The 2008 global crisis and its aftermath have not adversely impacted Singapore’s medium term growth performance. After only 1.4 per cent growth in 2008, and negative 2.0 per cent growth in 2009, the economy rebounded strongly in 2010, with the most recent projected growth rate of 14.8 per cent. The cyclical upturn in the global demand has been a major factor in the strong rebound in 2010 with goods producing sectors, including electronics manufacturing, being the largest contributor.
The services sector was aided by the commencement of casinos during 2010. This is reflected in the projected S$300 million in collections from levy on Singapore residents who visit casinos. The projections are that Singapore’s gambling market could exceed that of Las Vegas by end 2011.
2010 growth was primarily external demand driven, with Singapore’s non-oil exports increasing by 24 per cent in 2010. Singapore’s strong fiscal position did however also permit strong fiscal stimulus measures in recent years. Planned infrastructure spending, including S$60 billion over the next decade in expanding transportation network, suggests that this fiscal stimulus was used to strengthen Singapore’s position as a global city. In 2010, the CPI inflation was 2.8 per cent, while tight labour markets were reflected in the low unemployment rate of 2 per cent.
Projections for 2011 suggest significant moderation in growth (to around 5 per cent); acceleration in CPI inflation (to between 3.5 and 4.0 per cent), but a slightly lower unemployment rate. External demand is expected to be less robust due to anticipated lower growth in the US, EU, and Japan, but Singapore is expected to partly offset this because of projected high growth rates in ASEAN, China, and India. It is likely that there will be acceleration in inflation, particularly in the food and housing sub-sectors, tightening of monetary policy, and further appreciation of the Singaporean dollar. Further, Singapore has already attempted to diversify its economy and establish several niche areas, including education, wealth management, and entertainment. This flexibility will assist Singapore to continue to add to its growth and resilience.
There are several challenges that policymakers need to address.
The first is demographic. In the coming decade, Singapore’s population will age rapidly. Its Total Fertility Rate (TFR) has stubbornly stayed between 1.2 and 1.3:, with zero net in-migration, this means that population will halve in 45 years. Instead of addressing demographic changes through constructing robust social safety nets which are affordable, Singapore has relied on foreign manpower, particularly at the lower-paid end of the workforce, but also in the area of skilled labour, to sustain growth. Predictably, the share of foreign workers within the total labour force has already exceeded one-third, and at current rates, could exceed 50 per cent in coming decade. This policy, along with liberal provisions for the grating of Permanent Resident and Citizen status, and rising inequalities even when only employment income is considered, has created a strong need for political management. But currently, amongst policy-makers, the preference for growth over other objectives is strong, and low political contestability means that it is difficult to conduct a debate on this issue.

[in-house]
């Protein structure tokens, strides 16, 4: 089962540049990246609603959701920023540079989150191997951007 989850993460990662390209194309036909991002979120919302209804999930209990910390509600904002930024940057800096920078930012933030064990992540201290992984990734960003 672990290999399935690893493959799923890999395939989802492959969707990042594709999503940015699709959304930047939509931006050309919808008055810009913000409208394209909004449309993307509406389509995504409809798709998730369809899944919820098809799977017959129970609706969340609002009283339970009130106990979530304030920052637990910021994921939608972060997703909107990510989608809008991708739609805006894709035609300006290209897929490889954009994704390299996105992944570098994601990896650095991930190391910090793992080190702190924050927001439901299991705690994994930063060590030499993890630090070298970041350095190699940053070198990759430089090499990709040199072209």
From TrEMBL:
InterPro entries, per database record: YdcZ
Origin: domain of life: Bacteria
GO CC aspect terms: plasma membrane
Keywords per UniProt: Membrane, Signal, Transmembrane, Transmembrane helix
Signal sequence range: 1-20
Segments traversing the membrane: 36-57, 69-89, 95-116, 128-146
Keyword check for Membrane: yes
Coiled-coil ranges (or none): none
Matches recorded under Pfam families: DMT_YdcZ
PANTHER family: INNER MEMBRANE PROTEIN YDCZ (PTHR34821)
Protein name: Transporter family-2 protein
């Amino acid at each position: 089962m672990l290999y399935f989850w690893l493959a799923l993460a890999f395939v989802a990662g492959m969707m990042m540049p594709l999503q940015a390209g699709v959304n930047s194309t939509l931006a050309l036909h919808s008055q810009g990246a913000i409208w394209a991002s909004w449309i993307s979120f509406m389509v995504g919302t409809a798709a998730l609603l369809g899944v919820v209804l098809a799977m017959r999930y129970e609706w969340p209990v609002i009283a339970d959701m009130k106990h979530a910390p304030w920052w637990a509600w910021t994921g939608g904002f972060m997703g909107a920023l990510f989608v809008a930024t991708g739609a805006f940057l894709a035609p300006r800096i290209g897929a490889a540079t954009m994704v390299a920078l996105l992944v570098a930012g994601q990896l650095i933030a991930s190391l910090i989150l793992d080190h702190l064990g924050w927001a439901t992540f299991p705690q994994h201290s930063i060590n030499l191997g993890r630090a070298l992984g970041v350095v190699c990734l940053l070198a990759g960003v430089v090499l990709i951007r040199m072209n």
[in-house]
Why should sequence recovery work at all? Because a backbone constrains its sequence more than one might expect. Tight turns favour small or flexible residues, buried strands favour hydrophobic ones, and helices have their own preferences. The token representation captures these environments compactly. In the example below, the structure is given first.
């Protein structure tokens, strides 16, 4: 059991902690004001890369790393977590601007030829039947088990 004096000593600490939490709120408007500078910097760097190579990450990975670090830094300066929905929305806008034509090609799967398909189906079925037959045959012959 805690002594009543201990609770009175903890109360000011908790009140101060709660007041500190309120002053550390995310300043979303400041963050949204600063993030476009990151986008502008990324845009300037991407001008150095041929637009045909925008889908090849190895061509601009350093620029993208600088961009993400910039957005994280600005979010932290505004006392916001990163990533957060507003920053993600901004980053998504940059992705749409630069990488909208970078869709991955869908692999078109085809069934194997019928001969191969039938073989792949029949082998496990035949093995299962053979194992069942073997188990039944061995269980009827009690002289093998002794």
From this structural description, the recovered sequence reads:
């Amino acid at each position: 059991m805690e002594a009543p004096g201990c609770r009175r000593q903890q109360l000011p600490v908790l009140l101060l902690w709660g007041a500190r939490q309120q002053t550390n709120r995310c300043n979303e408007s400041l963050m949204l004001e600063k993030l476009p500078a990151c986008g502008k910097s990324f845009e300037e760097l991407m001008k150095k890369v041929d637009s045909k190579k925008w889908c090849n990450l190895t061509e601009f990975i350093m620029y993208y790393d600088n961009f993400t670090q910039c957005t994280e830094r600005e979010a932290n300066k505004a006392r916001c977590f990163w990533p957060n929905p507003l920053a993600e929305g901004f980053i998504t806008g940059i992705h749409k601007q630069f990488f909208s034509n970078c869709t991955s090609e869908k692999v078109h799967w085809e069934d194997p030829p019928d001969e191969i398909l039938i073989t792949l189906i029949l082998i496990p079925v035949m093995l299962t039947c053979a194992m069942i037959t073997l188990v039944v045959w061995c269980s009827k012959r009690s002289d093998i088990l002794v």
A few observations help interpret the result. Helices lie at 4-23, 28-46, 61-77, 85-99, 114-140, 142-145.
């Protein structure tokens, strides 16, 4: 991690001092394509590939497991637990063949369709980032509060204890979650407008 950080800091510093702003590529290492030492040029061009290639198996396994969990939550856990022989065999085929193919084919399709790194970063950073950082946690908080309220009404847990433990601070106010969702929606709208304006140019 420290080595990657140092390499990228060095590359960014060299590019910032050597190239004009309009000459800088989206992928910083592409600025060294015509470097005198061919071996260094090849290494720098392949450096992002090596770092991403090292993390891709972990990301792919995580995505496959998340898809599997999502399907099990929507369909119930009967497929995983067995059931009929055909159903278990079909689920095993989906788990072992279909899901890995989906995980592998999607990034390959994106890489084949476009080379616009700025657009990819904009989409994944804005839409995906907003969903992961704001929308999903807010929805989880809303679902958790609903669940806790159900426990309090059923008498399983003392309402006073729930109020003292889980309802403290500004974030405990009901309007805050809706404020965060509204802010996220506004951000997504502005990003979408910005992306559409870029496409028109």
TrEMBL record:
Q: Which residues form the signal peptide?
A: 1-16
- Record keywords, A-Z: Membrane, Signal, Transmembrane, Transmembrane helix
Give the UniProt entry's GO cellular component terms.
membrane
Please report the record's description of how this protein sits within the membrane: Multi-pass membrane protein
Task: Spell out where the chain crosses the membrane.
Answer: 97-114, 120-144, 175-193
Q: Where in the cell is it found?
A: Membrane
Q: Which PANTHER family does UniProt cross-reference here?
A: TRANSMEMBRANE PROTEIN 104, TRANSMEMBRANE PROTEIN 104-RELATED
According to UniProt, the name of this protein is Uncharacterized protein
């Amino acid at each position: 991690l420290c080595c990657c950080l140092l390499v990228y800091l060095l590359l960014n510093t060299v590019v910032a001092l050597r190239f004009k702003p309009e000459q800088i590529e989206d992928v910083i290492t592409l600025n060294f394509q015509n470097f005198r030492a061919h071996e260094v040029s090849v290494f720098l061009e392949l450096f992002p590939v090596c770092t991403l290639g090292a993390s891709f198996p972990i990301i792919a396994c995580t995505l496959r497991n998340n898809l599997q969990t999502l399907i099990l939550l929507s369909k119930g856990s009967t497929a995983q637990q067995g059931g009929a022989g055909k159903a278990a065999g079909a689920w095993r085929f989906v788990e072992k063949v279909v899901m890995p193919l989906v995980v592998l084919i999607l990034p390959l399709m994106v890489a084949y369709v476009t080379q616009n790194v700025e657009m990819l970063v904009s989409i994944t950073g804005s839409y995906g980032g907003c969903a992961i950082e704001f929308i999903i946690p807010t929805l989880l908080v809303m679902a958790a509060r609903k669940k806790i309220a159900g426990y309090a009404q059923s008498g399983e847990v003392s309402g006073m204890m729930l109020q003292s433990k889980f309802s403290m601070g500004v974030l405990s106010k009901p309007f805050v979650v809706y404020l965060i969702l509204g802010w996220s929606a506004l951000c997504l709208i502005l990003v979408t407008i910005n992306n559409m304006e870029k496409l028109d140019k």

The demographic challenge is compounded by Singapore’s inability to improve productivity significantly under current social and economic arrangements, and a relatively low labour force participation rate for women. Unlike in the OECD countries, labour force participation rate for women in Singapore begins to decline in the late 20s. Usually, ageing societies use these two avenues (along with moderate use of foreign labour and off-shoring) to mitigate the negative impact that rapid ageing has upon growth. In Singapore, however, labour productivity fell from 3.1 per cent annually during the 1990s to 1.3 per cent annually during the 2000- 2009 period.
The indications are that the next general election will be held before the next governing party meeting in November 2012. The timing will be influenced by how the ruling party thinks the voting public perceives the policy responses to these challenges. More broadly, the extent to which Singapore succeeds in addressing the demographic and productivity challenges will be critical to the economic and political outlook in the medium and longer term.
Author: Mukul G. Asher, NUS, Singapore
Mukul Asher is a Professor of Public Policy in the Lee Kuan Yew School of Public Policy at the National University of Singapore.
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